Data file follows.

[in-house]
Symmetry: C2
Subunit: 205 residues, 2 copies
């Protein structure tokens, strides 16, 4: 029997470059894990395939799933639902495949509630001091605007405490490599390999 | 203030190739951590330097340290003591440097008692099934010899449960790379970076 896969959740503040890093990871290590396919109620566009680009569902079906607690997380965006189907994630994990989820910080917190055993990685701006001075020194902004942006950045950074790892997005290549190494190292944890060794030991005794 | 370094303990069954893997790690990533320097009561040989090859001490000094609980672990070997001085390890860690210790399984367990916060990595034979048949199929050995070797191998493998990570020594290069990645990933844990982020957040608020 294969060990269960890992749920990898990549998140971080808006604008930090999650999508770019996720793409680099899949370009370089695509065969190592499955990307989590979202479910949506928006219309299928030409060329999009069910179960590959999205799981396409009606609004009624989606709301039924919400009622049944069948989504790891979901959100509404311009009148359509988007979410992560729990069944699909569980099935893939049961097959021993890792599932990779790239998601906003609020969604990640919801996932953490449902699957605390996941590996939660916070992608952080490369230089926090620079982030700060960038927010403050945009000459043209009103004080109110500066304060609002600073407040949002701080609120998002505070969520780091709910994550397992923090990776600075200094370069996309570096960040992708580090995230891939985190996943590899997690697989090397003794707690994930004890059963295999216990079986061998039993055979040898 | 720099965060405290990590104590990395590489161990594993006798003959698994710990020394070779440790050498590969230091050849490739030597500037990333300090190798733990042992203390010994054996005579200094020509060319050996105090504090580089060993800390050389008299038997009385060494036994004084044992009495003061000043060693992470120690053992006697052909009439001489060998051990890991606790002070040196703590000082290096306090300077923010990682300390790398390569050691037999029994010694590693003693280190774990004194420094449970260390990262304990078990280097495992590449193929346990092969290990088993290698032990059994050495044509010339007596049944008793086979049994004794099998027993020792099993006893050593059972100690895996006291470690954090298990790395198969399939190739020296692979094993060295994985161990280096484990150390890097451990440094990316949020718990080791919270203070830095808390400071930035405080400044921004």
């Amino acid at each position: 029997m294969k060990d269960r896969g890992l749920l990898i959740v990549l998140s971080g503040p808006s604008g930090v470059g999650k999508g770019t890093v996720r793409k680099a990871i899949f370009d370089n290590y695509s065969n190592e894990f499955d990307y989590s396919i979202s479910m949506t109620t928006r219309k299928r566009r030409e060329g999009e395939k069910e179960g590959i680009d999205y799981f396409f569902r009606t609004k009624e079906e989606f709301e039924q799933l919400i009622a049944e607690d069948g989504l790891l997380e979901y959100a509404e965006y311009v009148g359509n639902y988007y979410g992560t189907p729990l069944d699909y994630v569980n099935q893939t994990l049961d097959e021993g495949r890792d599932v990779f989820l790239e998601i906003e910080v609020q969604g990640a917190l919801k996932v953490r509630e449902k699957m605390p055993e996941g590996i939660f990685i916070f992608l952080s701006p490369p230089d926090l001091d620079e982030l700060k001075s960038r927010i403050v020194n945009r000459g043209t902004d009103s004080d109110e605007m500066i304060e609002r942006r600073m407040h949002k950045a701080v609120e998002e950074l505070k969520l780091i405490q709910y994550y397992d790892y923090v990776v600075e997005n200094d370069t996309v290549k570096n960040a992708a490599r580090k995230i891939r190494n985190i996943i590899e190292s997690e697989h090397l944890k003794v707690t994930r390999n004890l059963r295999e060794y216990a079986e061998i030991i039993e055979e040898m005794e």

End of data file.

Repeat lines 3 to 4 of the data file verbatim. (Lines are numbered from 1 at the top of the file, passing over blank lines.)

Subunit: 205 residues, 2 copies
């Protein structure tokens, strides 16, 4: 029997470059894990395939799933639902495949509630001091605007405490490599390999 | 203030190739951590330097340290003591440097008692099934010899449960790379970076 896969959740503040890093990871290590396919109620566009680009569902079906607690997380965006189907994630994990989820910080917190055993990685701006001075020194902004942006950045950074790892997005290549190494190292944890060794030991005794 | 370094303990069954893997790690990533320097009561040989090859001490000094609980672990070997001085390890860690210790399984367990916060990595034979048949199929050995070797191998493998990570020594290069990645990933844990982020957040608020 294969060990269960890992749920990898990549998140971080808006604008930090999650999508770019996720793409680099899949370009370089695509065969190592499955990307989590979202479910949506928006219309299928030409060329999009069910179960590959999205799981396409009606609004009624989606709301039924919400009622049944069948989504790891979901959100509404311009009148359509988007979410992560729990069944699909569980099935893939049961097959021993890792599932990779790239998601906003609020969604990640919801996932953490449902699957605390996941590996939660916070992608952080490369230089926090620079982030700060960038927010403050945009000459043209009103004080109110500066304060609002600073407040949002701080609120998002505070969520780091709910994550397992923090990776600075200094370069996309570096960040992708580090995230891939985190996943590899997690697989090397003794707690994930004890059963295999216990079986061998039993055979040898 | 720099965060405290990590104590990395590489161990594993006798003959698994710990020394070779440790050498590969230091050849490739030597500037990333300090190798733990042992203390010994054996005579200094020509060319050996105090504090580089060993800390050389008299038997009385060494036994004084044992009495003061000043060693992470120690053992006697052909009439001489060998051990890991606790002070040196703590000082290096306090300077923010990682300390790398390569050691037999029994010694590693003693280190774990004194420094449970260390990262304990078990280097495992590449193929346990092969290990088993290698032990059994050495044509010339007596049944008793086979049994004794099998027993020792099993006893050593059972100690895996006291470690954090298990790395198969399939190739020296692979094993060295994985161990280096484990150390890097451990440094990316949020718990080791919270203070830095808390400071930035405080400044921004």